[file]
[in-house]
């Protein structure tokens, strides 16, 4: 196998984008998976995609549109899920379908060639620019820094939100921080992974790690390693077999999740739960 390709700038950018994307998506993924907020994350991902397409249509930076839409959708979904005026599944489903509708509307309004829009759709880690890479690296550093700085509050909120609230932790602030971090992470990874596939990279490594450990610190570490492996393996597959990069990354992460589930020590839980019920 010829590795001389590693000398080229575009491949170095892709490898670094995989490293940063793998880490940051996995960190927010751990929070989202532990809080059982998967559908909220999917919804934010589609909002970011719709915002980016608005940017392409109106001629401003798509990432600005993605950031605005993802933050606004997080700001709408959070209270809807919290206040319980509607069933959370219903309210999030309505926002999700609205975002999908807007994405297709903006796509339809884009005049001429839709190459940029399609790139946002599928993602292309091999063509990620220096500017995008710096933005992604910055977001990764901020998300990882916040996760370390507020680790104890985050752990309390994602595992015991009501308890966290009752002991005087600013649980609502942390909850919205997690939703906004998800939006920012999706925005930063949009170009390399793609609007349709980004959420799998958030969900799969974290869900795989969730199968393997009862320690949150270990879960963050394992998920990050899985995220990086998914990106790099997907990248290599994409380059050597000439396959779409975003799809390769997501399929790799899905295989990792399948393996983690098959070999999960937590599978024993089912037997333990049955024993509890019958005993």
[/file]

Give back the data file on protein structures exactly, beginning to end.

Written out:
[in-house]
């Protein structure tokens, strides 16, 4: 196998984008998976995609549109899920379908060639620019820094939100921080992974790690390693077999999740739960 390709700038950018994307998506993924907020994350991902397409249509930076839409959708979904005026599944489903509708509307309004829009759709880690890479690296550093700085509050909120609230932790602030971090992470990874596939990279490594450990610190570490492996393996597959990069990354992460589930020590839980019920 010829590795001389590693000398080229575009491949170095892709490898670094995989490293940063793998880490940051996995960190927010751990929070989202532990809080059982998967559908909220999917919804934010589609909002970011719709915002980016608005940017392409109106001629401003798509990432600005993605950031605005993802933050606004997080700001709408959070209270809807919290206040319980509607069933959370219903309210999030309505926002999700609205975002999908807007994405297709903006796509339809884009005049001429839709190459940029399609790139946002599928993602292309091999063509990620220096500017995008710096933005992604910055977001990764901020998300990882916040996760370390507020680790104890985050752990309390994602595992015991009501308890966290009752002991005087600013649980609502942390909850919205997690939703906004998800939006920012999706925005930063949009170009390399793609609007349709980004959420799998958030969900799969974290869900795989969730199968393997009862320690949150270990879960963050394992998920990050899985995220990086998914990106790099997907990248290599994409380059050597000439396959779409975003799809390769997501399929790799899905295989990792399948393996983690098959070999999960937590599978024993089912037997333990049955024993509890019958005993």